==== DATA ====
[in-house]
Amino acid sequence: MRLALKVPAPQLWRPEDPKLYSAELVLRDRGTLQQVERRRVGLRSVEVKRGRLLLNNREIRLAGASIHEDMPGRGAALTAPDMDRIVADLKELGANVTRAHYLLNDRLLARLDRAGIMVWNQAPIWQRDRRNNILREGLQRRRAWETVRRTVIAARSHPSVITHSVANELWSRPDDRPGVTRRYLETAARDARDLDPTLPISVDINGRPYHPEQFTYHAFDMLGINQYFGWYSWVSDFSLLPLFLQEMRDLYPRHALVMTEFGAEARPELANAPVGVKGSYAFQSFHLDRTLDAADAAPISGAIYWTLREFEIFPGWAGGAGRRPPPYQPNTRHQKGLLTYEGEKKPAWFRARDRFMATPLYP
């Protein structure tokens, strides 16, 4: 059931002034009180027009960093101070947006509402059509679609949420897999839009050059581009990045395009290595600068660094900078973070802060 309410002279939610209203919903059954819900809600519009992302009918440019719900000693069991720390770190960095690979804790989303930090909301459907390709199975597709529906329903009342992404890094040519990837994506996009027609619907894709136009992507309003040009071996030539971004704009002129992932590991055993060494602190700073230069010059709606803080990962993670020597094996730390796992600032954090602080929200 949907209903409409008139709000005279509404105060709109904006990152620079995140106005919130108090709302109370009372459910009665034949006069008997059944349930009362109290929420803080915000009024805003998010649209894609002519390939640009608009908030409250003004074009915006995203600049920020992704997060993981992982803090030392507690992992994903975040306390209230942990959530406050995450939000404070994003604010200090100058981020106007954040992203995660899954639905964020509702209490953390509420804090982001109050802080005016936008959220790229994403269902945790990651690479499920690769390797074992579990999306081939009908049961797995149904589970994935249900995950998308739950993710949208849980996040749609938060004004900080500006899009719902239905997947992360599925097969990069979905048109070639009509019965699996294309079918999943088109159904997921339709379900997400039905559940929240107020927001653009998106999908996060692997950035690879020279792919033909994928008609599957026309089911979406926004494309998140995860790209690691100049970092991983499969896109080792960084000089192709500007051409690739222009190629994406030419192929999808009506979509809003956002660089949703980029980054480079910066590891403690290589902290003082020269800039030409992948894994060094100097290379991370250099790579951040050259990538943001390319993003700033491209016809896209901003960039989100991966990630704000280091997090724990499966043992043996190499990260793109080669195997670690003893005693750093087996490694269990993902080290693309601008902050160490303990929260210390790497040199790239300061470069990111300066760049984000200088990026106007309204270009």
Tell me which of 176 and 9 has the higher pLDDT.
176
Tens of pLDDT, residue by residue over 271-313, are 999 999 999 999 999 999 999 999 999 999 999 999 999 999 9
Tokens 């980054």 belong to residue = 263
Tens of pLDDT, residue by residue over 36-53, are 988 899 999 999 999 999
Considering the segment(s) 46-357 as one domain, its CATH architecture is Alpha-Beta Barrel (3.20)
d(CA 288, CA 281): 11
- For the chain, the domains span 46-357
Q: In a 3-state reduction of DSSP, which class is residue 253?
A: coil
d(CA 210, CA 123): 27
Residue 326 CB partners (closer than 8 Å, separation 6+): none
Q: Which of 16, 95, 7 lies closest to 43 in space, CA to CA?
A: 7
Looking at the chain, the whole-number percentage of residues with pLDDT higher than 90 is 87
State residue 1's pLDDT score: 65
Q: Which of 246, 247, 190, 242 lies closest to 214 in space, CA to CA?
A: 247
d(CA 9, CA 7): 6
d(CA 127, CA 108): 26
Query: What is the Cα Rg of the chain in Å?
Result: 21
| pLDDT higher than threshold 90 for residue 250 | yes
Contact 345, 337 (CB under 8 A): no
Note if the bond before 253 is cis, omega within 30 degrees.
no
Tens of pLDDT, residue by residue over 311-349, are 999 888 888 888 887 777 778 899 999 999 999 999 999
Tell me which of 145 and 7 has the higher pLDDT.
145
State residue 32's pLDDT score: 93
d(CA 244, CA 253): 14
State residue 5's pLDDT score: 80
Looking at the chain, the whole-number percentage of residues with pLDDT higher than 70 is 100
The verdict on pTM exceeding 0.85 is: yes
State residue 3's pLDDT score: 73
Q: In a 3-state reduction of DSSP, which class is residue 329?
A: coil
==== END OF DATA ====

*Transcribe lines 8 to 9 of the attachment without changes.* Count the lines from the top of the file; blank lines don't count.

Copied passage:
Tens of pLDDT, residue by residue over 36-53, are 988 899 999 999 999 999
Considering the segment(s) 46-357 as one domain, its CATH architecture is Alpha-Beta Barrel (3.20)